Re: Effects of city handgun bans on crime and violence.
Summary: Recently, Congress struck down federal regulations for gun background checks and the purchase of assault weapons, while New York City has pledged to have the toughest laws in the nation for illegal handguns. Evidence suggest that simply banning the possession and purchasing of illegal handguns, will have a minimal effect on gun crimes. As it becomes harder to purchase guns, in both the primary and secondary market, gun homicide rates will slow down as fewer guns are used on the streets. Since the repeal of the 2008 D.C. handgun ban, gun crimes in DC are at a record low. Even though there has been a long-term national decline in gun homicide trends, it suggest that something other than hand gun bans are responsible for the observed decline in gun homicides(Britt, Kleck, Bordua). Regulation is just one part of an approach to fighting crime and other factors such as the number of police on the street and how they police are more important factors.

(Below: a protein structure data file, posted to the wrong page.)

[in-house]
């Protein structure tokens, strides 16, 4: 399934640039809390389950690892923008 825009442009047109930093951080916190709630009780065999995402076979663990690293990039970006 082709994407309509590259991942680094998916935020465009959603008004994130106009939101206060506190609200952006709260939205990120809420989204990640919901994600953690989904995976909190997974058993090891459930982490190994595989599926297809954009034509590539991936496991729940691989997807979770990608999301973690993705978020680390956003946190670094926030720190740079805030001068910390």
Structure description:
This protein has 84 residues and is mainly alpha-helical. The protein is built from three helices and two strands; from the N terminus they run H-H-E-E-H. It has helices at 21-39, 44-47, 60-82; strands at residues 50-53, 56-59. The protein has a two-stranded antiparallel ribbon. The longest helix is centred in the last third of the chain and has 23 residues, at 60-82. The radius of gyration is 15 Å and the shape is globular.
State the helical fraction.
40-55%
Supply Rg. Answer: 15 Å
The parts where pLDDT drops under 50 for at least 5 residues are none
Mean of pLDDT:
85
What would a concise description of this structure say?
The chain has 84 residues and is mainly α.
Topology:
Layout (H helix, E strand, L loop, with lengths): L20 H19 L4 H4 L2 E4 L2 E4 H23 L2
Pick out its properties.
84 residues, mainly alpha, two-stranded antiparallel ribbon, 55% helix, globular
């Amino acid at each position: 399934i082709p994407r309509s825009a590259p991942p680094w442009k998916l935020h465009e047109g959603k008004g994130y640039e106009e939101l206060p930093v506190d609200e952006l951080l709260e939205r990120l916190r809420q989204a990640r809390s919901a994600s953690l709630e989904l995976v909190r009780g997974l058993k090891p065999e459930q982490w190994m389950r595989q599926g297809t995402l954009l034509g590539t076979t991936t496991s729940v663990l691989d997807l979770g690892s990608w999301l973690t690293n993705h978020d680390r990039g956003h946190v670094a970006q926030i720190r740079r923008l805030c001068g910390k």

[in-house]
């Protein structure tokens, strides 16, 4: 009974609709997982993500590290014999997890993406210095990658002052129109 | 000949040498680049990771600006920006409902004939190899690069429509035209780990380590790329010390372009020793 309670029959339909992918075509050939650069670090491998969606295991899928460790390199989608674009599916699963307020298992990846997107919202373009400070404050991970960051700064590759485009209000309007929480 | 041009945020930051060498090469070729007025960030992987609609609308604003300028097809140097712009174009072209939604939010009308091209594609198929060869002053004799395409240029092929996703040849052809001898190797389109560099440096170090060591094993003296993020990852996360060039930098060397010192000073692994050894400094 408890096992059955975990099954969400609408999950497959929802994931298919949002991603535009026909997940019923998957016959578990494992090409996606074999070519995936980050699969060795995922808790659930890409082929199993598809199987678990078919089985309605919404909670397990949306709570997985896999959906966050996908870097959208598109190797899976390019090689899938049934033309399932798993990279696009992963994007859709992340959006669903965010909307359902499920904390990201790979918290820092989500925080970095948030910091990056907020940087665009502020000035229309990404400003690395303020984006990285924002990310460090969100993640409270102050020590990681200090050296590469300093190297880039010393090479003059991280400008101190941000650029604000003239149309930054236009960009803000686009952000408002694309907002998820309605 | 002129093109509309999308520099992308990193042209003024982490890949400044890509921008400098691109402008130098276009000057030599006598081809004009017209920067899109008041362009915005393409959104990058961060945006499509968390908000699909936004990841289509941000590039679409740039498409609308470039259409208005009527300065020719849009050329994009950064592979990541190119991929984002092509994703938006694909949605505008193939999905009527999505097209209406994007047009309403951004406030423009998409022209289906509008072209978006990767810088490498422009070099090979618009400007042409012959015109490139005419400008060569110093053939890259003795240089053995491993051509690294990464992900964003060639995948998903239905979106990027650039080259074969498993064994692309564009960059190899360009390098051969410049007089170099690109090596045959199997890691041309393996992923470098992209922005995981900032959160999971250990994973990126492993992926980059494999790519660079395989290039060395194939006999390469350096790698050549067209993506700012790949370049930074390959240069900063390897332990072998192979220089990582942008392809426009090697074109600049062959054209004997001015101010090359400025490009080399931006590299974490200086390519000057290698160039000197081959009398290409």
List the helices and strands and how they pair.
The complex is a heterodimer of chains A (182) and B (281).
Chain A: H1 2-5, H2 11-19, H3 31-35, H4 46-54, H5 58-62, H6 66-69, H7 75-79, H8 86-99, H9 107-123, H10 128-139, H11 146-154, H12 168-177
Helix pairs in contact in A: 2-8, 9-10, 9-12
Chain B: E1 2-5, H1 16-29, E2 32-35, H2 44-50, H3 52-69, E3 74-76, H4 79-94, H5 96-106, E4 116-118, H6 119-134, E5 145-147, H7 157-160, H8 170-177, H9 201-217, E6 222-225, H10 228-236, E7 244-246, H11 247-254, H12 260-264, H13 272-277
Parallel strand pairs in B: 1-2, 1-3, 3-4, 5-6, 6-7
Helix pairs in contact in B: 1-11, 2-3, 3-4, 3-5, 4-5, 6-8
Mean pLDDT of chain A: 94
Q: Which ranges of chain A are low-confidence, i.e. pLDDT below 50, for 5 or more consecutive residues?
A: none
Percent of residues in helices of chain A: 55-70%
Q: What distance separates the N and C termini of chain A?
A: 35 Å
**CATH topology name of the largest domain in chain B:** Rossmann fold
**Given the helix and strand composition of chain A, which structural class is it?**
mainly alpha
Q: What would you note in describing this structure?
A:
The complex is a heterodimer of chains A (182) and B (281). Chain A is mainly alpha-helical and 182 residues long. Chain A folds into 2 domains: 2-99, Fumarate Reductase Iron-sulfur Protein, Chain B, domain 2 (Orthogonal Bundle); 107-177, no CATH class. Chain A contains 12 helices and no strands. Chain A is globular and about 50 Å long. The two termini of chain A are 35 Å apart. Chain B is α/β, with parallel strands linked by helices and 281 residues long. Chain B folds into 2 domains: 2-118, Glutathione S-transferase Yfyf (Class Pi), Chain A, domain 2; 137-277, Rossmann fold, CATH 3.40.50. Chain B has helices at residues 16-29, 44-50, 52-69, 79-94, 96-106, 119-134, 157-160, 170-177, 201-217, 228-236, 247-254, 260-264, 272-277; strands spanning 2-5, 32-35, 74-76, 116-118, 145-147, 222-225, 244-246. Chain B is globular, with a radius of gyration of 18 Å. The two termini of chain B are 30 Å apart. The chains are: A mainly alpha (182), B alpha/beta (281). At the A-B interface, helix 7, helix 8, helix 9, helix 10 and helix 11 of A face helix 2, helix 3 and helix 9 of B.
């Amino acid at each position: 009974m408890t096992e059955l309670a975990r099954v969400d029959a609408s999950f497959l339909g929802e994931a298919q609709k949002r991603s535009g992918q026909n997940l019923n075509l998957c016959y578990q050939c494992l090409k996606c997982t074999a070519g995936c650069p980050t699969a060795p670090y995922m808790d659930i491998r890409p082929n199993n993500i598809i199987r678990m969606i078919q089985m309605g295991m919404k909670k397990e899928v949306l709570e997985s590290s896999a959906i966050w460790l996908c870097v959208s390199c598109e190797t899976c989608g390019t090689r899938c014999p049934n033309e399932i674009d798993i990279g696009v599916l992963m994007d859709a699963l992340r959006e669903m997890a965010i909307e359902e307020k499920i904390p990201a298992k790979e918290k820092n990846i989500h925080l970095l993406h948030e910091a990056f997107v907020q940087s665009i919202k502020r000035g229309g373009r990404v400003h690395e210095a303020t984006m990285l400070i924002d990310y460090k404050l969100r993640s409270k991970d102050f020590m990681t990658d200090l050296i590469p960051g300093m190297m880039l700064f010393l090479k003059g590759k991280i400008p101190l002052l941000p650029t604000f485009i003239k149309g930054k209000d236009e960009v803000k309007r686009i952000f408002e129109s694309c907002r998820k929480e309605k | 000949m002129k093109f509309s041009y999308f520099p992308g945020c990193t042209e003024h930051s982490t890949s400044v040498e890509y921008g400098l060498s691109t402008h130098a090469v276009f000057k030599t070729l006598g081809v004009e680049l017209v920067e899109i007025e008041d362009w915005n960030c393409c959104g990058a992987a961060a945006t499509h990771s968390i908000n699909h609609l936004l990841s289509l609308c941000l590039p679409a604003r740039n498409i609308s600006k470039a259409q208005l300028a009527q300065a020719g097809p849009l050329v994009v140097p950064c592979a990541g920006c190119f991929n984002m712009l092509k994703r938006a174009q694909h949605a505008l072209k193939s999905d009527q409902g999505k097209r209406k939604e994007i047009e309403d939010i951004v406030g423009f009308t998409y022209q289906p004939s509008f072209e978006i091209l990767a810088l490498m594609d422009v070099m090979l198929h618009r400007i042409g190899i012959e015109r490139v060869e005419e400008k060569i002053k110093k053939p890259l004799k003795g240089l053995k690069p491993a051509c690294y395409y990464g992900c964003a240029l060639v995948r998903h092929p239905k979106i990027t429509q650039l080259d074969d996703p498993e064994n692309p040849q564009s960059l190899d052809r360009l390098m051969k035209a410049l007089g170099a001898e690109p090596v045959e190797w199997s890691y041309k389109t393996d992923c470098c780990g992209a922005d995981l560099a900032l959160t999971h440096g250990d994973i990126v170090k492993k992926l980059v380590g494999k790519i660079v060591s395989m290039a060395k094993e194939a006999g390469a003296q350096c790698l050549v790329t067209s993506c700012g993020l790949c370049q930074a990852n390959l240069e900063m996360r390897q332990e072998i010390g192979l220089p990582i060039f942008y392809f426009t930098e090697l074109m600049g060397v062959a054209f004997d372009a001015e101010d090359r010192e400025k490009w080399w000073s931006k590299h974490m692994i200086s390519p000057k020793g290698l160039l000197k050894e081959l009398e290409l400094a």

The claim that gun bans work, does not match the research. A study by Colin Loftin, showed that DC’s gun ban prevented an average of 47 gun deaths per year after the law was implemented. While this claim was true, the research behind the claim was questionable. Loftin’s comparison cities were Maryland and Virginia, who are the least similar cities in most demographics; soci-economic, racial makeup, and crime rates. Further studies by Britt, Kleck and Bordua, used the same data and assessment methods as Loftin used but changed the comparison city to Baltimore, which is highly similar to DC in the city make-up. In both incidents, Loftin’s research and Britt, Kleck and Bordua’s research, used time series data or an elaborate “before-and-after” study of DC/ Maryland and DC/Baltimore. Baltimore did not have a similar law, yet its crime rate mimicked DC’s, which showed that the law had a minimal effect
As a result of the gun ban repeal, gun